But it seems at least a little familiar; as does Holcroft's disapproving description of the news media's exaggerated characterisation of events (choice line from a news story: "Most of New Zealand was horrified and disgusted at the performance of teenagers over the weekend"). He advises news reporters to stick to the facts.

Elsewhere there is a period example of the homosexual panic defence, in the form of a case where a gay man in Hagley Park was entrapped and beaten to death by six youth who were acquitted by a jury. Holcroft finds in this "a deficiency of understanding, a failure of compassion, which has its source deep in the national character," and a crime that "itself came out of an unhealthy concern with sexual deviation."

There is child welfare. You might be surprised to learn that in the three years till 1965, Wellington Hospital alone had received three children who had died from beatings at the hands of their parents; and taken in a further nine injured in the previous 18 months.

"We sometimes forget," says Holcroft, "that that the humane treatment of children, accepted by parents almost as a law of nature, and enforced by man-made law when parents fail, is relatively new in modern experience."

He cites the theoretical case of "the woman beaten in childhood who gives the same treatment to her own children, believing it to be necessary (it did no harm to her, she says)".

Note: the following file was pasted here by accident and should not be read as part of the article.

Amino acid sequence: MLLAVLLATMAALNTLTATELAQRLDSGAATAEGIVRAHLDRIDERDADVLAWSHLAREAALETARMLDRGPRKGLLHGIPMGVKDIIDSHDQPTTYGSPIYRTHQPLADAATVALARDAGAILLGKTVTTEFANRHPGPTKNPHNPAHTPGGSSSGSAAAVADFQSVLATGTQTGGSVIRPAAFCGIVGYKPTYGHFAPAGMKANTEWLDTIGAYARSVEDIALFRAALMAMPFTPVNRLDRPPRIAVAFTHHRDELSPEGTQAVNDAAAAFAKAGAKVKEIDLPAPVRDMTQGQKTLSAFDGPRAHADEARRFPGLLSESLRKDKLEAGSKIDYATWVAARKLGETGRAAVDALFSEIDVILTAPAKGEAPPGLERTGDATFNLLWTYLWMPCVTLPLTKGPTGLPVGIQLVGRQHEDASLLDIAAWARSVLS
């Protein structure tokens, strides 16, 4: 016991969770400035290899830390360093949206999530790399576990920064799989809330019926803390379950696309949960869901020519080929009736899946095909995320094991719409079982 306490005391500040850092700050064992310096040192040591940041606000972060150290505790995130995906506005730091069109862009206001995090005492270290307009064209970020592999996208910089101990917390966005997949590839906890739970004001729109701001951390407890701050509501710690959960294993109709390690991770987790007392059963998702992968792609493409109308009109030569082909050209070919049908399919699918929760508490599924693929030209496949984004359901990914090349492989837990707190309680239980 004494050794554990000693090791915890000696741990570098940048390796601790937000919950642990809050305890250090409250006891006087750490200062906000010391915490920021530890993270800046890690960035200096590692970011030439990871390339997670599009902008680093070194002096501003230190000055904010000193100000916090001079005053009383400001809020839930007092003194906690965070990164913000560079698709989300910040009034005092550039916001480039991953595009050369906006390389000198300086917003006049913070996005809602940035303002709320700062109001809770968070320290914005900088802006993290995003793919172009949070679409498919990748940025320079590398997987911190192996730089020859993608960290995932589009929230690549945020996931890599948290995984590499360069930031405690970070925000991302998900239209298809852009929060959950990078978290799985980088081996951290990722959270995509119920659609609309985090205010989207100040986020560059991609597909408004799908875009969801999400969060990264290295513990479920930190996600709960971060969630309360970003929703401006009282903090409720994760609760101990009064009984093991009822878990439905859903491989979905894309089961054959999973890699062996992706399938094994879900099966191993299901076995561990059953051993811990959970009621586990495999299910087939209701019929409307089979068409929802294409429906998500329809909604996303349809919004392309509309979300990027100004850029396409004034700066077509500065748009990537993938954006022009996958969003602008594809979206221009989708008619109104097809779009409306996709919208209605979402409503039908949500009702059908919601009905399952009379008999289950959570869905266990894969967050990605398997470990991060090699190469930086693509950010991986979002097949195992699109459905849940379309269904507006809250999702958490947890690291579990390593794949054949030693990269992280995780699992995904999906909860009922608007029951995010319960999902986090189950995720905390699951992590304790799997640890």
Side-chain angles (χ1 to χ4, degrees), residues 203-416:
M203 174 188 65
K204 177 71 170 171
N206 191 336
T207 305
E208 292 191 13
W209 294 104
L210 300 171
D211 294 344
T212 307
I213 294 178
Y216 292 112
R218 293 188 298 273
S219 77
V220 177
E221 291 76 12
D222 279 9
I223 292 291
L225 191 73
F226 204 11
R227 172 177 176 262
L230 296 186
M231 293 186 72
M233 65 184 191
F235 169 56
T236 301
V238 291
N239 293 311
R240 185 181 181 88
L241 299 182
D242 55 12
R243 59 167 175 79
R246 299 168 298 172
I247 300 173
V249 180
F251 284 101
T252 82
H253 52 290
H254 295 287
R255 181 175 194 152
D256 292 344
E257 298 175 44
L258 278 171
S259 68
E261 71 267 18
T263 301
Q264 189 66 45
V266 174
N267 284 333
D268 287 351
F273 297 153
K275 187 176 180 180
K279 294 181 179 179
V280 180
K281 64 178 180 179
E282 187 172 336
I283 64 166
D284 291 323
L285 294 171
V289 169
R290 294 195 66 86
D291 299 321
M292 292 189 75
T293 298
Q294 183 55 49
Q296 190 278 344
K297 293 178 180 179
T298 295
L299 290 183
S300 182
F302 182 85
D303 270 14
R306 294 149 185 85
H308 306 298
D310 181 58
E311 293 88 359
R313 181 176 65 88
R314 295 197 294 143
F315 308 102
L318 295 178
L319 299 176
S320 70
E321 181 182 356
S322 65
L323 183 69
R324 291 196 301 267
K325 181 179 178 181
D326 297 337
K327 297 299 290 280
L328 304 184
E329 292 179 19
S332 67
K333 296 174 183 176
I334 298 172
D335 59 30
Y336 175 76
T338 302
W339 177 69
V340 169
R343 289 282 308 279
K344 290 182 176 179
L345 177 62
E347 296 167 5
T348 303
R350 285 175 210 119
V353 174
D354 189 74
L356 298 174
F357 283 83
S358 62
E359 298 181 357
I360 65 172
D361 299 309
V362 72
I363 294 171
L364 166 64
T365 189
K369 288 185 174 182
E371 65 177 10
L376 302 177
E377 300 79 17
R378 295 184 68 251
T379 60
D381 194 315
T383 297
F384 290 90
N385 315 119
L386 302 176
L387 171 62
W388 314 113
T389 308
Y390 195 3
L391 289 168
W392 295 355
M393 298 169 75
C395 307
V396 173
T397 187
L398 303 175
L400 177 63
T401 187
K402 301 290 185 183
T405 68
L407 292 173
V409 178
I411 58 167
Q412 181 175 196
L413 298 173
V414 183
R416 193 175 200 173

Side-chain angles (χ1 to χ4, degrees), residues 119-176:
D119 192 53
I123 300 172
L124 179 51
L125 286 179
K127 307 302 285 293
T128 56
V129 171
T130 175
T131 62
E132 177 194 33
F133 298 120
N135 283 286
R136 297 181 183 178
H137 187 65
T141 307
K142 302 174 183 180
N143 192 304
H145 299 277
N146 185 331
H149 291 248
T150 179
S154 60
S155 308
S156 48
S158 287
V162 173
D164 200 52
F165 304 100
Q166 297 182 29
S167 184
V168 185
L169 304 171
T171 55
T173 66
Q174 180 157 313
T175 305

There's even a consideration of the Exclusive Brethren - forcing apart families even in 1964 - which ends thus: "As they have withdrawn from the world outside, they are beginning now to withdraw from people close to them, repudiating love and fellowship, or reserving them for the Elect. Soon they will reach their ultimate and logical isolationb: the true end of exclusiveness can only be extinctions."

You don't read editorials like these in the Listener any more - but you don't read editorials like these anywhere any more. The pace is too great, the language necessarily plainer; the Reithian position of the Listener's editorial page splintered into a horde of opinionists.

So many things have changed in New Zealand since Holcroft wrote these pieces. Yet collected here they serve as a reminder that there is still much about the place that hasn't changed.

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PS: I'm joining the bloggers' boycott of the Subway chain over a disgraceful employment decision at a Dunedin branch, which saw a an employee not only dismissed but prosecuted for theft after she shared her free staff drink with an upset friend. Subway says it can't do anything about its franchisees' actions. I suspect it can be induced to reconsider that position. More here, here and here.

Subway bloggers

Update: This from a member of the AWU, the union representing the sacked employee:

nb: I've removed a statement about a boycott of the George Street Subway which was given in error by a member of the union representing the sacked worker. The union is not supporting any boycott of Subway.